Scabies may be mentioned as another not infrequent cause.

Gonorrheal vaginitis must primarily be laid at the door of the
diplococcus of Neisser. Of perhaps greater interest than the
gonococcus in this connection, however, is its mode of convey-
ance. Institutions of high and low degree, boarding schools,
hospitals, asylums, etc., seem to be the happy hunting-ground
of this infection. Holt found, in a routine examination of the
vaginal discharges from the inmates of various institutions,
from 2 to ID per cent, positive at times when specific vaginitis was
not considered to be epidemic.

Epidemics are frequent occurrences, and are detected easily
enough when trained attendants and physicians are parts of the
institutions. In institutions and boarding schools without medi-

♦ Read before the Section on Pediatrics, Kings County Medical Society,
December 22, 1909.

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meister: vaginitis. 541

cal supervision, in out-patient and dispensary practice, and in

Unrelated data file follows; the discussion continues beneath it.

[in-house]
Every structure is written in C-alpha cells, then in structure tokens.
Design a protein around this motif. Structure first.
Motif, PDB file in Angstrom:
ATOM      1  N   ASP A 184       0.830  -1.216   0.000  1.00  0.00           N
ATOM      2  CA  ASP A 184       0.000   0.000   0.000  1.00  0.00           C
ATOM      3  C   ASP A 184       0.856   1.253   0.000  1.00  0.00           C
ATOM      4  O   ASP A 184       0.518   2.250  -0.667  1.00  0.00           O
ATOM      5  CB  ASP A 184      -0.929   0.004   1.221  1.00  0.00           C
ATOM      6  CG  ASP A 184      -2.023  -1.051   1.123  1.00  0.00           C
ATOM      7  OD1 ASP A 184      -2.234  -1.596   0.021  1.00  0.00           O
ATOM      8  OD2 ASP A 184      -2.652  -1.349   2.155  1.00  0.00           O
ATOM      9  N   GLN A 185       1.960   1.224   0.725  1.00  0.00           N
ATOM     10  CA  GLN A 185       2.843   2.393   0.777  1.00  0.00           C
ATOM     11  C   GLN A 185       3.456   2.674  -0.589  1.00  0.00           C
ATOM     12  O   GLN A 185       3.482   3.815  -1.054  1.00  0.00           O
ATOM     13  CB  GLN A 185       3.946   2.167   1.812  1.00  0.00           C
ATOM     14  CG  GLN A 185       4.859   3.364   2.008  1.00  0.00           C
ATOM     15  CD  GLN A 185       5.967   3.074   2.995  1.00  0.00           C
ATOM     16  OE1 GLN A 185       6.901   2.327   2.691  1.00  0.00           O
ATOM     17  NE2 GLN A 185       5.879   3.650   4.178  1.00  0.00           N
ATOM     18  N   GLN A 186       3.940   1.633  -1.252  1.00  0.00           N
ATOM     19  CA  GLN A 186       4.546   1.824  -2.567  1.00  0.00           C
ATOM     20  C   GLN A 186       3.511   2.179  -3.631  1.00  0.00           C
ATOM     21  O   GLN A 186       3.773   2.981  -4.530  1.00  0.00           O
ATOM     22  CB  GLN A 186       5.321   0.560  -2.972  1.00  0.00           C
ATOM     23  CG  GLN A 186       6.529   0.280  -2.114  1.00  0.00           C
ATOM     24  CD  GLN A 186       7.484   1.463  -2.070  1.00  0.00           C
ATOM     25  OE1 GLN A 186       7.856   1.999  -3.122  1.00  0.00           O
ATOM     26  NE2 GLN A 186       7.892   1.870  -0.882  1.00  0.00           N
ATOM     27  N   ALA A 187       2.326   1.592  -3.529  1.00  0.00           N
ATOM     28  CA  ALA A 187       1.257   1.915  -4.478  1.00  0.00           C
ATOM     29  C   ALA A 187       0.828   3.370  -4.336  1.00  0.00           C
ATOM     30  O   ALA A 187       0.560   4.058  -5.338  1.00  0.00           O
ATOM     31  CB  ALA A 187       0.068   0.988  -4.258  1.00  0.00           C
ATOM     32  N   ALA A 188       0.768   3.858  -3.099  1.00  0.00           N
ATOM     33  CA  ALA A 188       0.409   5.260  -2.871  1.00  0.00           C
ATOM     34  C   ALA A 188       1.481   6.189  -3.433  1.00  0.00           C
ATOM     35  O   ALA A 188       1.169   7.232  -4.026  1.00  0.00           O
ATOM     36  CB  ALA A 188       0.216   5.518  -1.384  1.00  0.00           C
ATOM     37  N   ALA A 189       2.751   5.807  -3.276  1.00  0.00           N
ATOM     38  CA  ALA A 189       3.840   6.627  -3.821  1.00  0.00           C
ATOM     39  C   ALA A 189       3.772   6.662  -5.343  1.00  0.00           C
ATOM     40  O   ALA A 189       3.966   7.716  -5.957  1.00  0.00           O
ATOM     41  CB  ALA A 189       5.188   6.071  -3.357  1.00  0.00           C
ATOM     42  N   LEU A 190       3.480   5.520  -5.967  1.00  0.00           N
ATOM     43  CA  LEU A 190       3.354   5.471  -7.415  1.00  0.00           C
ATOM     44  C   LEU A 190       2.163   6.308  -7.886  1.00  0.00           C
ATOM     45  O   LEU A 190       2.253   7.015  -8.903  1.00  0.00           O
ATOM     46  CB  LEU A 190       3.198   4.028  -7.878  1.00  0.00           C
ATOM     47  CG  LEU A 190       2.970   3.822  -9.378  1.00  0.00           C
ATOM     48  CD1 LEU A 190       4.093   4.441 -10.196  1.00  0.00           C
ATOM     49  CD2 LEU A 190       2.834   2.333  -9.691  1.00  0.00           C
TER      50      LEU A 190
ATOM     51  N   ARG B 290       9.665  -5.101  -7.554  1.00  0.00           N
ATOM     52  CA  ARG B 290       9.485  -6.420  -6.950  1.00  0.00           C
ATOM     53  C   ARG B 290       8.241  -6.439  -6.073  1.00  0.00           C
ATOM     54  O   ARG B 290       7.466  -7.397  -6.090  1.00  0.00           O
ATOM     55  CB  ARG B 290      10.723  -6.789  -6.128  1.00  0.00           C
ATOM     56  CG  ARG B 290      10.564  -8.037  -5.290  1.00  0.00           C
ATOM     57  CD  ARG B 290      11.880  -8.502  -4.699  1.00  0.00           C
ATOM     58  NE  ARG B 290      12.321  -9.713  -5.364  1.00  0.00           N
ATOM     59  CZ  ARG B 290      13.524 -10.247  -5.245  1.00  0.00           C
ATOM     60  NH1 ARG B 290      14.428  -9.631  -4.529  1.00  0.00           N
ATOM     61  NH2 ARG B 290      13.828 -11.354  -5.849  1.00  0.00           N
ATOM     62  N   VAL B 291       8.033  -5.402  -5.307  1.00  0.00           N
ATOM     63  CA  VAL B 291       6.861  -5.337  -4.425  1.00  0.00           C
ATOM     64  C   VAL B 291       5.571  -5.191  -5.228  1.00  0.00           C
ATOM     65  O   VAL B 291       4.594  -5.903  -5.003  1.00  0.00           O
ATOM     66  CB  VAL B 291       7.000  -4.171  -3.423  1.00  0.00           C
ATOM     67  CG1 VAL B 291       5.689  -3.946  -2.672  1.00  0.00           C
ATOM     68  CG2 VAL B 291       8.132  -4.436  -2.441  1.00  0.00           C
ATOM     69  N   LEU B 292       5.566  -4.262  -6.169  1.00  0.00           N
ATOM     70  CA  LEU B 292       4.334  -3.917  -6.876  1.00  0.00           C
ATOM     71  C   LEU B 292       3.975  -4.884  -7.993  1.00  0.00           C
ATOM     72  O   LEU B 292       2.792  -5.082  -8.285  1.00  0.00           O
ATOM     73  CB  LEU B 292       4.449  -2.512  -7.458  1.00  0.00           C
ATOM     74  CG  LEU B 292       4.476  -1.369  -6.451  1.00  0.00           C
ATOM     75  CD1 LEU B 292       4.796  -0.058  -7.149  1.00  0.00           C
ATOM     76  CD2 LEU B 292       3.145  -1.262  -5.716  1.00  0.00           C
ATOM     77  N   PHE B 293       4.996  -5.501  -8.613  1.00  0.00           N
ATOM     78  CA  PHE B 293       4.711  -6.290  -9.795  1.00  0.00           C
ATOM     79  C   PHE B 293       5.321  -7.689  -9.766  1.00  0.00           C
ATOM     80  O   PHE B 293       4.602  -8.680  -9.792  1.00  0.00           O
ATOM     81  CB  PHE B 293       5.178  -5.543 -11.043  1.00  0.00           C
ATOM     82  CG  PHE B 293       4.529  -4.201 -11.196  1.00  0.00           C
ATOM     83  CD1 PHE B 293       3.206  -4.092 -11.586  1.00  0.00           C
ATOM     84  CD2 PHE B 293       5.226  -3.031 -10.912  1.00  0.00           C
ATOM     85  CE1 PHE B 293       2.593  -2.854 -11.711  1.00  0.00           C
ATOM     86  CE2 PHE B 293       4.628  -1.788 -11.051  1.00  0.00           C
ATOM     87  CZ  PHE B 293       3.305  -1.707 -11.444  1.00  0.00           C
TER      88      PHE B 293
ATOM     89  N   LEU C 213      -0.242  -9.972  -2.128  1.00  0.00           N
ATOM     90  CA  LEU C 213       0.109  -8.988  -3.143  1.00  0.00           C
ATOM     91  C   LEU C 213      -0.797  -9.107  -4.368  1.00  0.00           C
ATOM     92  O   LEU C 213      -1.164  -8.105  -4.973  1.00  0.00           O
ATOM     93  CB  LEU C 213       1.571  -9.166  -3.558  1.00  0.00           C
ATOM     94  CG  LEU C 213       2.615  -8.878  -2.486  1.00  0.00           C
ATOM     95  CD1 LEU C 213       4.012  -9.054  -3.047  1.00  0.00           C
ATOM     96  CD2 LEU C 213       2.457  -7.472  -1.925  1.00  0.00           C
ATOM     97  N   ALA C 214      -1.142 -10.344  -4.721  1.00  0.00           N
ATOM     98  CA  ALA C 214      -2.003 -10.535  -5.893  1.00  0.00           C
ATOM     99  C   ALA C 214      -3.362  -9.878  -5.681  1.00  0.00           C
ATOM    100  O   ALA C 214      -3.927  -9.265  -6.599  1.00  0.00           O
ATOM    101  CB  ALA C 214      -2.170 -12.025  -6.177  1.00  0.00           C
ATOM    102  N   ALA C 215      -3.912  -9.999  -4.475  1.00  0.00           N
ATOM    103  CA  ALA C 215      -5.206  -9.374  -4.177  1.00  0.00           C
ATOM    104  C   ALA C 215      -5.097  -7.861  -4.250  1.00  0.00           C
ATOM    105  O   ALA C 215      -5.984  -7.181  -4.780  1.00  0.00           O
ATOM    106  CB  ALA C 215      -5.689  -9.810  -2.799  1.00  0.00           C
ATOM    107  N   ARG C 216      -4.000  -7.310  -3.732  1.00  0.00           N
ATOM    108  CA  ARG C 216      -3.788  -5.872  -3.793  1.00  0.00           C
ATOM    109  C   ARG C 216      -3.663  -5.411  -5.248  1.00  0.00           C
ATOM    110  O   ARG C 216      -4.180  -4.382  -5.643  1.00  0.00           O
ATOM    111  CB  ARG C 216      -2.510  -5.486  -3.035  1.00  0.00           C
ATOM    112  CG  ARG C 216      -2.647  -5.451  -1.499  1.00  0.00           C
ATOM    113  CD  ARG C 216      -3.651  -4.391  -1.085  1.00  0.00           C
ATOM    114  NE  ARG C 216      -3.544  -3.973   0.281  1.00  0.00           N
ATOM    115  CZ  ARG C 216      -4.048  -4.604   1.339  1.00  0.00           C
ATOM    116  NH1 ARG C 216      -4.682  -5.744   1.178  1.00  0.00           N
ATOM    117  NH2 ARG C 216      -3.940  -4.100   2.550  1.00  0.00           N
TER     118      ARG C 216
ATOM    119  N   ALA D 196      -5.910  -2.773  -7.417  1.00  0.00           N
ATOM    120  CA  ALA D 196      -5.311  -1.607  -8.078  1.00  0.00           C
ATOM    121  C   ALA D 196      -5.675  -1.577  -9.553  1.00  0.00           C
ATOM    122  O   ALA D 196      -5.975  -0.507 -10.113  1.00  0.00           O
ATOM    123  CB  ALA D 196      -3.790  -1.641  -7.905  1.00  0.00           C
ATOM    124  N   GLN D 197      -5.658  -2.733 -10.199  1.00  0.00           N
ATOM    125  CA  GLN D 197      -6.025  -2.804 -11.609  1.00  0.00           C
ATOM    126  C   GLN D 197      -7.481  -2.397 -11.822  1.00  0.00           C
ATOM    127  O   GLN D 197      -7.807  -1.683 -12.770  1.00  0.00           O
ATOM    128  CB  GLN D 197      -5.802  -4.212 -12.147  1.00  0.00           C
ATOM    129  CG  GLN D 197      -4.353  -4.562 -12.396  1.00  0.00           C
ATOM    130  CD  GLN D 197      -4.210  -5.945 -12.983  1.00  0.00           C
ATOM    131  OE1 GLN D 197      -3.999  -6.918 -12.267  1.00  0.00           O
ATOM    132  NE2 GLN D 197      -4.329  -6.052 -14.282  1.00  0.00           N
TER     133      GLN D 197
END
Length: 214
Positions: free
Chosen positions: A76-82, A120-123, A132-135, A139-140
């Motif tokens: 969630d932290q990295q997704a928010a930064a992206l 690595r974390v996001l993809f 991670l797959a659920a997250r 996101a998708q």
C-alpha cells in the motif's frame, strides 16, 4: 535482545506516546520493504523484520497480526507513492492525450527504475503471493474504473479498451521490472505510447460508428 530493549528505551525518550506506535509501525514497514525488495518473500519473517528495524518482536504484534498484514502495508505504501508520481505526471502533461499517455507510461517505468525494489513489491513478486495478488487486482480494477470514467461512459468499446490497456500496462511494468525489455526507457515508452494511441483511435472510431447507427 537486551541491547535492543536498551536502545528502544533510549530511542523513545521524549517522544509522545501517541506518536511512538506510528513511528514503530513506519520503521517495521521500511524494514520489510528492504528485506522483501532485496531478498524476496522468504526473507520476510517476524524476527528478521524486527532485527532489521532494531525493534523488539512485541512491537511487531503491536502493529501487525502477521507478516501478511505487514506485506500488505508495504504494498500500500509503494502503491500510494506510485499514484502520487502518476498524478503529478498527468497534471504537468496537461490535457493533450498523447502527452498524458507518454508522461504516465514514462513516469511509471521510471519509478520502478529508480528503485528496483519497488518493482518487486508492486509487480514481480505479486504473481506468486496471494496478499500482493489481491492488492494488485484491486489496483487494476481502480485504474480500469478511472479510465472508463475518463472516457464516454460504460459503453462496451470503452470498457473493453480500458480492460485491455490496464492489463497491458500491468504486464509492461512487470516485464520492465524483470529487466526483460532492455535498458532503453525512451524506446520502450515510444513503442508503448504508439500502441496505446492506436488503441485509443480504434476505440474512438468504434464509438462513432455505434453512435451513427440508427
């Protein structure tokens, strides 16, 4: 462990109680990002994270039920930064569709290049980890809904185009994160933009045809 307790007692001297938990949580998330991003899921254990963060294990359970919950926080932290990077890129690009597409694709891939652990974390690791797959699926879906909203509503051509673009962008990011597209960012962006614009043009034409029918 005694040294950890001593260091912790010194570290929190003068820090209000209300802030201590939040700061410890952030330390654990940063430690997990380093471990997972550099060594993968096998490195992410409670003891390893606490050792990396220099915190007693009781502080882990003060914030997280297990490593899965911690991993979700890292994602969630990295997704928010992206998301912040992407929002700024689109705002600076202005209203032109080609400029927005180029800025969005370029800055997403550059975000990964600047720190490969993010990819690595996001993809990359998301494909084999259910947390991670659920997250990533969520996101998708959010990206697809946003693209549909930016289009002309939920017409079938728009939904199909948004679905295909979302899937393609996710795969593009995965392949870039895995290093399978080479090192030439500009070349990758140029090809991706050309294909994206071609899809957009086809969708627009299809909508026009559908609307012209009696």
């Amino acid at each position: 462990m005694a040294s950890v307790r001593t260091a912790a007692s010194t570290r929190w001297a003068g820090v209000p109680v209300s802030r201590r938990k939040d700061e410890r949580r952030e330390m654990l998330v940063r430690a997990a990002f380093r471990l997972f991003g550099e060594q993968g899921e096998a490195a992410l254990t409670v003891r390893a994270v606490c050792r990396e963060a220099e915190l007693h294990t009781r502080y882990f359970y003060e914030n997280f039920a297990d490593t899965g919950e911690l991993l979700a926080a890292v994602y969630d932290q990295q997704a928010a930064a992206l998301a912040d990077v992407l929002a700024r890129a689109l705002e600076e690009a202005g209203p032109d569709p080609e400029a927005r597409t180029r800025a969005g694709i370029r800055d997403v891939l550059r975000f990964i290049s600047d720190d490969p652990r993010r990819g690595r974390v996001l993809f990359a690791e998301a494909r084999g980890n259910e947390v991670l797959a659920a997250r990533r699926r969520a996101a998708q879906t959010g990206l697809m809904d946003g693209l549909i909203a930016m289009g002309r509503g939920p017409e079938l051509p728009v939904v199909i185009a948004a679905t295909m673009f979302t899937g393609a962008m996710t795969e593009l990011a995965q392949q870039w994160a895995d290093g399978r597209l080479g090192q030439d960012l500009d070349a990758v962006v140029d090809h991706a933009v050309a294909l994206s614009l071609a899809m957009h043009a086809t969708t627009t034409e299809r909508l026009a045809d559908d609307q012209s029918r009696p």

private families gonorrheal vaginitis is perhaps more common
but less under control, and therefore relatively more dangerous.

In an institution, only a primary case is necessary. A little
carelessness will do the rest. And when once an epidemic has
begun, only the strictest hygiene will prevent its rapid spread.
The commonest fomites are napkins, towels, wash-cloths, under-
clothing, bed linen, rectal syringes (carelessly inserted), thermom-
eters, bath-tubs, bath-water, and the hands of nurse or attend-
ant. In private families, in addition to the above-mentioned
factors, direct contact with an infected mother or nurse and rape